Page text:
Thursday, July 30, 2009


What consumers are saying about advertising today versus the ad makers

The Center for Media Research just released some findings from a new LinkedIn Research Network/Harris Poll conducted in June, 2009. Consumers and advertisers involved in the advertising decision making process were the participants in the study. The major finding is that there are often disparate views regarding how effective a given type of ad is. For example, about half of the advertisers polled believe ads that make people stop and think and ads that give people new information are very effective. The numbers drop to about 30% when it comes to consumers who say they feel the same.
The report goes on to say that ads that are part of a campaign show an even greater divide between advertisers and consumers (26% to 7%). Of even greater interest, 21% of advertisers say ads that reinforce a message already known are very effective compared to 10% of consumers. On the winning are ads that involve some type of humor. Some 33% of consumers and 32% say funny ads are “very effective.” The lowest consumer scores went to ads that are self-patronizing and those that they consider scary or make people feel slightly guilty.
But the biggest winners by far in this stumbling economy are those that use a “value proposition strategy.” Those would be ads promoting sales, coupons and discounts. Almost three in five (57%) of consumers say that this strategy works well. In a recent presentation I made to a chamber of commerce group in Bergen County, I emphasized the importance of value, particularly with regard to positioning a brand in today’s marketplace. It seems that I was on the right track according to this study.

Tuesday, July 21, 2009


Exciting New Way for Charities to Raise Funds!

I have just heard about a local charity that can offer other charities a joint way to raise funds without it costing them a penny! It involves auctioneering or raffling off a time share vacation property in the Poconos for a week worth up to $10,000. The charity making the offer has decided to share these units with other nonprofit organizations to help them out in these difficult economic times. Obviously, a lot of charities are hurting as a result of the recession. There’s also an additional element that stipulates the fellow charity can take up to 10 of these time share units.

Stay tuned for more details when the agreement becomes public.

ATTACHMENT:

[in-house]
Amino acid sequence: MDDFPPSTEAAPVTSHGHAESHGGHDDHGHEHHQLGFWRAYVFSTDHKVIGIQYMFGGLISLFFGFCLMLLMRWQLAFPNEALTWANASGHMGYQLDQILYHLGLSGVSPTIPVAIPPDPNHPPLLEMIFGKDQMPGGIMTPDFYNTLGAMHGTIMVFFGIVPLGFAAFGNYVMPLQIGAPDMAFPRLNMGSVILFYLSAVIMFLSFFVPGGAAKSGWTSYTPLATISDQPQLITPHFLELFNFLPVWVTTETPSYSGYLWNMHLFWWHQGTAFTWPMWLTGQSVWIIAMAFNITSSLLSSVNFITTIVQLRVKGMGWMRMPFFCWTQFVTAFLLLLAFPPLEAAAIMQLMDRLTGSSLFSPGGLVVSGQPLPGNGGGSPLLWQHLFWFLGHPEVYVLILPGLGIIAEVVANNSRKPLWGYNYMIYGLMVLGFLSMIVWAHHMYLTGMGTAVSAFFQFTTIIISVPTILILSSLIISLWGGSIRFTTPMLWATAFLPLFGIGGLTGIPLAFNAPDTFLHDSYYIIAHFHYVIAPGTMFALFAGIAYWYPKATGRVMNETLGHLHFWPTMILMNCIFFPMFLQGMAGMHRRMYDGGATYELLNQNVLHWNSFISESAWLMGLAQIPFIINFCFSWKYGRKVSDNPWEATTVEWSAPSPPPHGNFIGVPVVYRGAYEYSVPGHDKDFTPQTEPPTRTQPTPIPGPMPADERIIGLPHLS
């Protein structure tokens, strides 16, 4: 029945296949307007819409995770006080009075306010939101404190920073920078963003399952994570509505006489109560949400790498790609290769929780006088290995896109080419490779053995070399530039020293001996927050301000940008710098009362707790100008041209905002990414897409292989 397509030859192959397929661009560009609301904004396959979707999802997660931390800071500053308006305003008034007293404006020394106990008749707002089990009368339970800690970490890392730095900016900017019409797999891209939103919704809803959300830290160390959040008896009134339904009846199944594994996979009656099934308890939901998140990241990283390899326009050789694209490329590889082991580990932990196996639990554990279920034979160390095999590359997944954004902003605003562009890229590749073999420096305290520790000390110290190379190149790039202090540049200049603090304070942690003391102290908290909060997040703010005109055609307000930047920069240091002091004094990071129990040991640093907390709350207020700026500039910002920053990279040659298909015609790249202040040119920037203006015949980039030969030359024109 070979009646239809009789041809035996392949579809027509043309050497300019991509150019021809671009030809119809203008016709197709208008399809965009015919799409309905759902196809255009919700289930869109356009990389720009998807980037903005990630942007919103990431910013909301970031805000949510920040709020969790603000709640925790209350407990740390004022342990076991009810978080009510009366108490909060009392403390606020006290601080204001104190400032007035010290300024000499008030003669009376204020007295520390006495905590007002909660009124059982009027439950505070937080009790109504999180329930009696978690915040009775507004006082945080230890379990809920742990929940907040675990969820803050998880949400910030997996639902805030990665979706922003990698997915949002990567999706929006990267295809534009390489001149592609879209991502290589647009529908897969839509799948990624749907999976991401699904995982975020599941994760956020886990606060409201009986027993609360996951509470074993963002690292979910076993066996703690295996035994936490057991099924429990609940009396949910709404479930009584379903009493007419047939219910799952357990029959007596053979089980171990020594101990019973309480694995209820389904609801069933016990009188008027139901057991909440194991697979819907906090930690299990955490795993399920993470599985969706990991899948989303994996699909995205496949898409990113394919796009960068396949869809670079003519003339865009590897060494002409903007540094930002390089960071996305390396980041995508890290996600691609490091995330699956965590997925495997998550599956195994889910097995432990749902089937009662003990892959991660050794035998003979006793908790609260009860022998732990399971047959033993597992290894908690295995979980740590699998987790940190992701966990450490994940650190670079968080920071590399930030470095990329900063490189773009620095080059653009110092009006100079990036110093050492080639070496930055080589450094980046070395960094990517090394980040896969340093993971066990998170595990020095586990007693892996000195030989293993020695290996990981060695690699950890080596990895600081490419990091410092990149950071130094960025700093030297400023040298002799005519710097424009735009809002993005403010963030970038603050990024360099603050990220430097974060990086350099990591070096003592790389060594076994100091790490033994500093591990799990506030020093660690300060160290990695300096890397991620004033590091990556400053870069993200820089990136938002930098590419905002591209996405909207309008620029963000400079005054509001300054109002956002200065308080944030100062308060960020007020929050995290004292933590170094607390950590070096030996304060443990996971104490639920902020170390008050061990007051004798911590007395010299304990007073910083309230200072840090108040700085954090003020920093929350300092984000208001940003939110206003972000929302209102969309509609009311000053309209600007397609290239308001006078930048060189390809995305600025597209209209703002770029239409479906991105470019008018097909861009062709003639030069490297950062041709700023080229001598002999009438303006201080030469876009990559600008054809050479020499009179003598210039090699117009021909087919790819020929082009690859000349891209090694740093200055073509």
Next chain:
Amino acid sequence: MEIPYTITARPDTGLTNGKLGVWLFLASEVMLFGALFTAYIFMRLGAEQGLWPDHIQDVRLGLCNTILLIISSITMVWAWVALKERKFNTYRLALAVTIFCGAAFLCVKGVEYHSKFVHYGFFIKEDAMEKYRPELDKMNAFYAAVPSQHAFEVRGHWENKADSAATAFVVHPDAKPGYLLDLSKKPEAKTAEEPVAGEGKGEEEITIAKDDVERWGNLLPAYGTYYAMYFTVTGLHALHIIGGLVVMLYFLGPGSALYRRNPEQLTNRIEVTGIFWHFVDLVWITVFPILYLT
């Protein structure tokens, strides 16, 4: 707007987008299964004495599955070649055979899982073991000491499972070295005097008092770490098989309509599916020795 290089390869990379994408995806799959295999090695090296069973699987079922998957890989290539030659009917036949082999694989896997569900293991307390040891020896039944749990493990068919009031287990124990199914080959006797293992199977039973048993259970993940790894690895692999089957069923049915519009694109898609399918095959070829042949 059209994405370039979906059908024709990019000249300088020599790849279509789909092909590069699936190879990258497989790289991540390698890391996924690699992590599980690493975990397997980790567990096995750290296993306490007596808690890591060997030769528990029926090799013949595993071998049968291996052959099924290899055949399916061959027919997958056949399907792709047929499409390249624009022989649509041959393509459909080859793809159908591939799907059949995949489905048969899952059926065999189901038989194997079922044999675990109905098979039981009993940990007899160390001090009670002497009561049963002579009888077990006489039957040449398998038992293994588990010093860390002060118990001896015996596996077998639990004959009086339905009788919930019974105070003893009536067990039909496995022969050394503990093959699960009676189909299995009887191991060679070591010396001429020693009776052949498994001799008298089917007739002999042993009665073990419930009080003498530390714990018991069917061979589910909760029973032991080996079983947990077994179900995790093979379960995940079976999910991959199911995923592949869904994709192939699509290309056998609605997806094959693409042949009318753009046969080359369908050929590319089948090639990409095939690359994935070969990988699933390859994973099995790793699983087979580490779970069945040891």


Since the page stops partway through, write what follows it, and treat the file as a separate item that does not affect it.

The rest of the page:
Tuesday, July 07, 2009

More of "Getting Back to Basics"

The following is an article from The Suburanite weekly newspaper covering business in greater Fort Lee, NJ. I was the guest speaker at the Great Fort Lee Chamber's annual General Membership event.

Getting back to basics

Chamber members learn value of image


The Greater Fort Lee Chamber of Commerce (GFTCC) believes many of the businesses in the area need to learn more about successful marketing and advertising techniques in order to build their company’s brand, especially in a down economy.

When they scheduled a guest speaker for their June 24 general membership luncheon, they chose Walter Guarino, president and managing partner for SGW.

“The message today is that a lot of people don’t realize how important their brand is,” said Guarino. “In fact, it’s their whole lifeline.”

Inside Villa Amalfi restaurant in Cliffside Park, Guarino, who was acknowledged by Business Week New Jersey as one of the “top ten” most influential business leaders in the state, advised GFLCC members and guests to get back to the basics.

“If you have a brand, and people think of you in such a way, have you gone out and determined how you’ve been affected by the economy?” Guarino asked. “If it has changed, your lifeline could be dead. You’re going to have to respond.”

Guarino, a 40-year resident of Fort Lee, explained that a brand has to connote value, as people are in a “value” mode today when making purchases. Using a popular discount chain store as an example, Guarino said that Wal-Mart was successful in part because it attracts a higher-level income demographic by showing brand name products in commercials.